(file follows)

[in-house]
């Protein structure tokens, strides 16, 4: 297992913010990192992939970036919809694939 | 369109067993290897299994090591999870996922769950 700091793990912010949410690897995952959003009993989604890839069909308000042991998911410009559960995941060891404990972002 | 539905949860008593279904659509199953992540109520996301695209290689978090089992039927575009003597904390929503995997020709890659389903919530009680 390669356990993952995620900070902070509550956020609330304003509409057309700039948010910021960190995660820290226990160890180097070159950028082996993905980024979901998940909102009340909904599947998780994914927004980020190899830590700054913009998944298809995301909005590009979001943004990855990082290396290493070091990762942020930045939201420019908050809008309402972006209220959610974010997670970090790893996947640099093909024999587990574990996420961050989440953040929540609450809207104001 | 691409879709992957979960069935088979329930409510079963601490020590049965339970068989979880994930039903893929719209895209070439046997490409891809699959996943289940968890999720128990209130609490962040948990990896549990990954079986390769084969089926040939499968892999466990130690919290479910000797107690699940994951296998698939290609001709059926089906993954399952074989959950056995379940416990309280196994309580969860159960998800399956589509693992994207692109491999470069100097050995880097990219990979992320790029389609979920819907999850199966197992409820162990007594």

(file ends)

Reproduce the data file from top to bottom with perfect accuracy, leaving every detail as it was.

[in-house]
């Protein structure tokens, strides 16, 4: 297992913010990192992939970036919809694939 | 369109067993290897299994090591999870996922769950 700091793990912010949410690897995952959003009993989604890839069909308000042991998911410009559960995941060891404990972002 | 539905949860008593279904659509199953992540109520996301695209290689978090089992039927575009003597904390929503995997020709890659389903919530009680 390669356990993952995620900070902070509550956020609330304003509409057309700039948010910021960190995660820290226990160890180097070159950028082996993905980024979901998940909102009340909904599947998780994914927004980020190899830590700054913009998944298809995301909005590009979001943004990855990082290396290493070091990762942020930045939201420019908050809008309402972006209220959610974010997670970090790893996947640099093909024999587990574990996420961050989440953040929540609450809207104001 | 691409879709992957979960069935088979329930409510079963601490020590049965339970068989979880994930039903893929719209895209070439046997490409891809699959996943289940968890999720128990209130609490962040948990990896549990990954079986390769084969089926040939499968892999466990130690919290479910000797107690699940994951296998698939290609001709059926089906993954399952074989959950056995379940416990309280196994309580969860159960998800399956589509693992994207692109491999470069100097050995880097990219990979992320790029389609979920819907999850199966197992409820162990007594």